Module 1 – Essay 2396 words Course code:
‘’Evaluate the claim that Person-centered therapy offers the therapist all that he/she will need to treat clients’’
This essay is intended to explore the statement that Person-centered therapy offers therapists all they need to treat clients. In order to do this I intend to further explore the opinions of other individuals practicing and researching counseling therapies.
My first thoughts are that if the Person centered approach was sufficient, there might not have been such a great variety of other approaches such as Cognitive therapy, Existential therapy, Rational Emotive Behavioral therapy, Psychotherapy etc. Hence, we are embarking a course on Psychotherapy. A large part of therapy is set in taking individuality into consideration as clients may not respond to certain types of therapy, and therapists themselves may find that they excel more in other approaches and deliver treatment more successfully as a result. Having said that, I believe that each individual approach offers valuable contribution to the world of therapy and should definitely have a place in ones therapeutic toolbox regardless of the approach we choose to master. For instance, depending on the situation and direction of the issue at hand, one might make use of a multi-model to treat a client. In addition to my personal view, Chrysalis suggests that continuous use of the Rogerian Core Conditions, (Empathy, Unconditional Positive Regard / UPR, and Congruence) can become frustrating to both client and therapist, and Carl Rogers himself, said that this treatment can only be successful if these conditions are met 100%. This may be difficult if the therapist can not bypass their prejudice beliefs, or perhaps find they relate to the matter on deep personal level.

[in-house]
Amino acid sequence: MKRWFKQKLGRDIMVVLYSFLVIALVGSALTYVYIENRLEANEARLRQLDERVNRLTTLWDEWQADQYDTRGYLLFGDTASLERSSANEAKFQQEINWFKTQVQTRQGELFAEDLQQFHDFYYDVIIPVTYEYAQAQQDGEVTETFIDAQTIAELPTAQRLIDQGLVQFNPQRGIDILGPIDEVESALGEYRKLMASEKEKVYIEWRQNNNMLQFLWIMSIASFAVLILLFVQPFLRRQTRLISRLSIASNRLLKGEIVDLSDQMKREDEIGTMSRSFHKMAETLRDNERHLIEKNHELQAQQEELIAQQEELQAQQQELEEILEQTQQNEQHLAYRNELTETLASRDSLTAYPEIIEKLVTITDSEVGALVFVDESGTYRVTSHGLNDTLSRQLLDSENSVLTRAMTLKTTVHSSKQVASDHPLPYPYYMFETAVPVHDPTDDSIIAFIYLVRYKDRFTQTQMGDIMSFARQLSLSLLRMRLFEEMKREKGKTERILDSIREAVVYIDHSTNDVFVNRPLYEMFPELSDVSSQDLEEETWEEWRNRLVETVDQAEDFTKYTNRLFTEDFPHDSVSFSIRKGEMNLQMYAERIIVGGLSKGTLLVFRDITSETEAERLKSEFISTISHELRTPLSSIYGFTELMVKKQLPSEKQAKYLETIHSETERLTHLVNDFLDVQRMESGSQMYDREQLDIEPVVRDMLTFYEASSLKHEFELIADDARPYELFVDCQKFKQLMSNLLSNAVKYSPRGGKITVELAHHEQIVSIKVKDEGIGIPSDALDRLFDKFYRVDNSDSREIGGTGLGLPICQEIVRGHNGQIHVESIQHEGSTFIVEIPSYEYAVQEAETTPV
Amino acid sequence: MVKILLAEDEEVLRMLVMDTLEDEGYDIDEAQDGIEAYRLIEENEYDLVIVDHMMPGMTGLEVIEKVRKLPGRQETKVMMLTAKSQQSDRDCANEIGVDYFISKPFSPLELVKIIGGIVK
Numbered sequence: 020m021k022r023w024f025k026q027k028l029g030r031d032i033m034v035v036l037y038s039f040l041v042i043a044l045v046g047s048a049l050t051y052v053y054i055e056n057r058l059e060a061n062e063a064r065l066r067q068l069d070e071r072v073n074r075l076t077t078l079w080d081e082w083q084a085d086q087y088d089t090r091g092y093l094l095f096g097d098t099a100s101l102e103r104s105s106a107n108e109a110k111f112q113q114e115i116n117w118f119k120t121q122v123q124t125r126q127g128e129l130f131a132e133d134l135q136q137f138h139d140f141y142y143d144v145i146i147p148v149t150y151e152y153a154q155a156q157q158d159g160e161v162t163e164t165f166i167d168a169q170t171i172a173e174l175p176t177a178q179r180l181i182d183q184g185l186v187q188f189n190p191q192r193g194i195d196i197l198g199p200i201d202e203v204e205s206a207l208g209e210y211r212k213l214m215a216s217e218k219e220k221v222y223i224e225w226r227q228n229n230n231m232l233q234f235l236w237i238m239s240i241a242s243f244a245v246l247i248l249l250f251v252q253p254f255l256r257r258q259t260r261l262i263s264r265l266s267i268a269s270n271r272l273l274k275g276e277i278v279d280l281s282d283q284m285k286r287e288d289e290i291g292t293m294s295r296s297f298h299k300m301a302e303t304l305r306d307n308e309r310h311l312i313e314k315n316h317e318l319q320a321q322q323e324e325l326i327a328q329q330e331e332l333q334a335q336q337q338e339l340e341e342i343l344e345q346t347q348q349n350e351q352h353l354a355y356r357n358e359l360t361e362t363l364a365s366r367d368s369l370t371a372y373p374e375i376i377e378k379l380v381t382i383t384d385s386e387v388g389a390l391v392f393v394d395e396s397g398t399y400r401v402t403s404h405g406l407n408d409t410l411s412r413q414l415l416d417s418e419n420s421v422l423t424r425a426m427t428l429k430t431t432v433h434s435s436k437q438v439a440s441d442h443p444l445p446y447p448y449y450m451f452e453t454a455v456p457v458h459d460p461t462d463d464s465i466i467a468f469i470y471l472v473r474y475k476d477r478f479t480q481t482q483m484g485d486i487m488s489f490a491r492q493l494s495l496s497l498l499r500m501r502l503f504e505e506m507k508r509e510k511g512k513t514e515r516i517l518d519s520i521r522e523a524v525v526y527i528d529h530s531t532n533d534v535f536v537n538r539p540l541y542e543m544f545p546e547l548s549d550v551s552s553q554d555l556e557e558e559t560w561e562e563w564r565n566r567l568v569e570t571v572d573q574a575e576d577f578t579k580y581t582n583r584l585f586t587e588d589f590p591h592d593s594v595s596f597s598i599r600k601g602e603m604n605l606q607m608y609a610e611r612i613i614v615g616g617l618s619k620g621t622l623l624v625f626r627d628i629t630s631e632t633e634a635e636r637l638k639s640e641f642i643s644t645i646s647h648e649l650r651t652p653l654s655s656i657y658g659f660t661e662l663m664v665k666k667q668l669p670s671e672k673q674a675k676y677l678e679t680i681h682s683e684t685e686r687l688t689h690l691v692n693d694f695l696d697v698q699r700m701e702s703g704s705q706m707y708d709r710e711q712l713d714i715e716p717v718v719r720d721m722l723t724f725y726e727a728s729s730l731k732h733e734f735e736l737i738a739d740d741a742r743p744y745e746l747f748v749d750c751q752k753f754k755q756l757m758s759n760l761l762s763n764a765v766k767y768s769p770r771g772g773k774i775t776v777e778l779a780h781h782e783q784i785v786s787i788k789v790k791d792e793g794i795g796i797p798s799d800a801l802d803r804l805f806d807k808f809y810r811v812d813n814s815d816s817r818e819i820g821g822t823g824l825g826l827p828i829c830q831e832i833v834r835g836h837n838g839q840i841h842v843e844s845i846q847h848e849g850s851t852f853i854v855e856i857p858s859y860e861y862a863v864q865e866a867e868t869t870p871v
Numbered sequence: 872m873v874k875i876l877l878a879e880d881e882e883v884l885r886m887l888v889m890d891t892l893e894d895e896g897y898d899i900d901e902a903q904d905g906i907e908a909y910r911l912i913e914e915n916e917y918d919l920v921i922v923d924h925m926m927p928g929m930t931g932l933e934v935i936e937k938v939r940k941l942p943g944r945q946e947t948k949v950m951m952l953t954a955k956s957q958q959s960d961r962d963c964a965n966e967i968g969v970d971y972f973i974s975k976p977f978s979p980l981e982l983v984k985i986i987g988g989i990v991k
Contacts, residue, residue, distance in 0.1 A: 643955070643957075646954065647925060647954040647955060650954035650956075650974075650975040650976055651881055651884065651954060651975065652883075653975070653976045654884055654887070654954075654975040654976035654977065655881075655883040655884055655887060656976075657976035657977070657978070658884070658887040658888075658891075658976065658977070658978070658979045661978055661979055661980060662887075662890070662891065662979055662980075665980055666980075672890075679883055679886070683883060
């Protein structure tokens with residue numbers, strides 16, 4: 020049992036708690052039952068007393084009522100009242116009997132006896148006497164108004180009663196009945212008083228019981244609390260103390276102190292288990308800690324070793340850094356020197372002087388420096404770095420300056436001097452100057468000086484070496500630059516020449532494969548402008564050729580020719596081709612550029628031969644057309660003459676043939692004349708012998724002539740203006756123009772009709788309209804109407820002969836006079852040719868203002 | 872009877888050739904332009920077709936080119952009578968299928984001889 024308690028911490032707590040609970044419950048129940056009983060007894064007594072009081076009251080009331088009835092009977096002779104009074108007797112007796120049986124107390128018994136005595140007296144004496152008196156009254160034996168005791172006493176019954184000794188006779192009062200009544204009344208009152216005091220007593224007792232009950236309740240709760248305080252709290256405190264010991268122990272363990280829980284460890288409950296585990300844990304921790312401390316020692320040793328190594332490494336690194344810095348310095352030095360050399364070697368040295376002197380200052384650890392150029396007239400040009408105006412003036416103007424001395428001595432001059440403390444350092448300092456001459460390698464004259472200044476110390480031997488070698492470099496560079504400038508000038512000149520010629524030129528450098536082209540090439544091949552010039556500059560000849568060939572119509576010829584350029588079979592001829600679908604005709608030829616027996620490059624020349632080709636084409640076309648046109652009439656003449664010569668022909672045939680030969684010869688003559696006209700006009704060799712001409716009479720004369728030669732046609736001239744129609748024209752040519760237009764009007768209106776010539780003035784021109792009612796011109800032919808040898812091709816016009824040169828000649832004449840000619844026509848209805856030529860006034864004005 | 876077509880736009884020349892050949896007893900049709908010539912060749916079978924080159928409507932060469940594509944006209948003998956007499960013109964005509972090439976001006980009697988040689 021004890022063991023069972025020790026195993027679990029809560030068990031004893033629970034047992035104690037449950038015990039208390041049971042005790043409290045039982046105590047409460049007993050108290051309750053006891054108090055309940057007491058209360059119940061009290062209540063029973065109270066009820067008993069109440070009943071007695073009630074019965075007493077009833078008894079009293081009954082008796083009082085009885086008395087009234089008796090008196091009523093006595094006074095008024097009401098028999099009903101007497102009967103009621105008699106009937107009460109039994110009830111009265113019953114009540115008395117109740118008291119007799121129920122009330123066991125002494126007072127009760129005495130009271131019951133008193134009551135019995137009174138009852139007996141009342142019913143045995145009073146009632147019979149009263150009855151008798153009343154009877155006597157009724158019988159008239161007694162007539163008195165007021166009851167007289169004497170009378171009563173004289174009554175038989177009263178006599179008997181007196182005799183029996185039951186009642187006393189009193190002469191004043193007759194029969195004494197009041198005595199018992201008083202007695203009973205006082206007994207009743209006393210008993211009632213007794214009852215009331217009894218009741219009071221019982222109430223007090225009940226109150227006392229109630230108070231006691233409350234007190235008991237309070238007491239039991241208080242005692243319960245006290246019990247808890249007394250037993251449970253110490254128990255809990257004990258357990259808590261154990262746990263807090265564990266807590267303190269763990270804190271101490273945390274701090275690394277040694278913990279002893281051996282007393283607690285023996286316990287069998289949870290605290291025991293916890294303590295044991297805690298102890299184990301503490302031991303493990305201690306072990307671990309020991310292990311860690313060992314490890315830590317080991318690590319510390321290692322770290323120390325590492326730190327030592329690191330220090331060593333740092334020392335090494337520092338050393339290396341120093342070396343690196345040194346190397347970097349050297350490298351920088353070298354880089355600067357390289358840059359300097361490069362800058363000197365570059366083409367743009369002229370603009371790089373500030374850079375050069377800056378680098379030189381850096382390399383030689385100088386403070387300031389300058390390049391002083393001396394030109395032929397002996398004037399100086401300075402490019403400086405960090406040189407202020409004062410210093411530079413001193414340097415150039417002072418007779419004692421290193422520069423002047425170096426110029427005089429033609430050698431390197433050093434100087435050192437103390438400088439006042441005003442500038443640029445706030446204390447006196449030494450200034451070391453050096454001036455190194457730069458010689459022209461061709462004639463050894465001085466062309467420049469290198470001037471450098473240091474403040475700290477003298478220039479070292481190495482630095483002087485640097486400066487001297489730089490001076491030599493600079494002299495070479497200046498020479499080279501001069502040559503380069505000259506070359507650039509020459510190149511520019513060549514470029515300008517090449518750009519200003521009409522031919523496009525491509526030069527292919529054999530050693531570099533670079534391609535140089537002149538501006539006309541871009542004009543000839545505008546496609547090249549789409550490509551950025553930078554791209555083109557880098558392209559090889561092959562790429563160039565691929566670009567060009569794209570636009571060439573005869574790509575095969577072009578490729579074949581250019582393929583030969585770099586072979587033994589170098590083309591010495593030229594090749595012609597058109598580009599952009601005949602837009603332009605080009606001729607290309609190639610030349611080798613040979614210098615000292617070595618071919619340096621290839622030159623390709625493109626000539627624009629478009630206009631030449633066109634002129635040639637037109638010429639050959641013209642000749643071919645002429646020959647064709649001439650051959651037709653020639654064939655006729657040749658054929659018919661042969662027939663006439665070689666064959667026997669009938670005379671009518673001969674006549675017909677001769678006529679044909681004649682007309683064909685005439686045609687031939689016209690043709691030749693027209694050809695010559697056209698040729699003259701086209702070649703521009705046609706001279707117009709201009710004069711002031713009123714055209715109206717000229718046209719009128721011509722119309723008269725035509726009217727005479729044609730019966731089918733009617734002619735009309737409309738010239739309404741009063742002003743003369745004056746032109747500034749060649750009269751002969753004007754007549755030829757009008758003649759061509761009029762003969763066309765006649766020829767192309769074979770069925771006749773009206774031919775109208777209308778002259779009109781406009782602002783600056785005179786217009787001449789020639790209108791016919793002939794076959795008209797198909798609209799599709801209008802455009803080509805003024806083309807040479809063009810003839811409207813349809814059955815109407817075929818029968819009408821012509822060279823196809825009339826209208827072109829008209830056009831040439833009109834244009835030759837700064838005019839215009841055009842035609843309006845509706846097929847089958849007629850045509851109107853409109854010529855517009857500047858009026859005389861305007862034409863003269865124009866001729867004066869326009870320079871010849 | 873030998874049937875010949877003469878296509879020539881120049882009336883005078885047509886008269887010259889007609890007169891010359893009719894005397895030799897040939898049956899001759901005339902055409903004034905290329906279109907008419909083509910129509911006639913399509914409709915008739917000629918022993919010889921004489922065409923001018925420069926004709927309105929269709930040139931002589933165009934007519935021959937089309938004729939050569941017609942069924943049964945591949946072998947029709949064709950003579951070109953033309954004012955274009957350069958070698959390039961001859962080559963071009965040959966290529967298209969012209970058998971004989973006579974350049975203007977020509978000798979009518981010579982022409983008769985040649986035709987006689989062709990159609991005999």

The basics of the Person Centered approach is that it is non-directive and allows the clients to freely explore and deal with their feelings as it comes into context. Most important in the use of this approach are the core conditions; Empathy, Unconditional Positive Regard, and Congruence. Also important for this approach is practicing active listening by using techniques such as paraphrasing, reflecting and clarifying the clients thoughts and feelings back to them so that they might see a different perspective and therefore clarity. This also helps the therapist understand where the client is coming from. As therapists, we should be careful not to come across uncaring machine that turns statements into questions in a similar way as the computer program ELIZA developed by Joseph Weizenbaum of the Massachusetts Institute of Technology. Rogers recommended that a Rogerian therapist repeat or paraphrase a client's thoughts, in order to insure comprehension. It is mostly a valuable technique, but can also seem that therapy is sometimes reduced to the sterile technique of "echoing" what a client says. Rogers however, intended for this to help the client relax and realize that he can express his inner feelings without feeling judgments. This way the therapist can examine the inconsistencies, the appropriate feelings can be explored, and good feelings encouraged to strengthen the inner-self and esteem. Through this, the person’s self-actualization can develop and make them less defensive and subservient.
Self-Actualizing / Actualizing is a concept that Carl Rogers and Abraham Maslow very much had in common to a certain degree. Maslow’s theory about the development of mankind is that behavior arises from the way we continually strive to satisfy needs. Maslow pointed out that an unsatisfied need that is lowest down the hierarchy is the one that will need satisfying most, and once satisfied, the next level will seek fulfillment. His hierarchy sets out physiological needs, safety needs, love/social needs, esteem needs, and once those are satisfied, one might then self actualize. He also explains that our hierarchy of needs...
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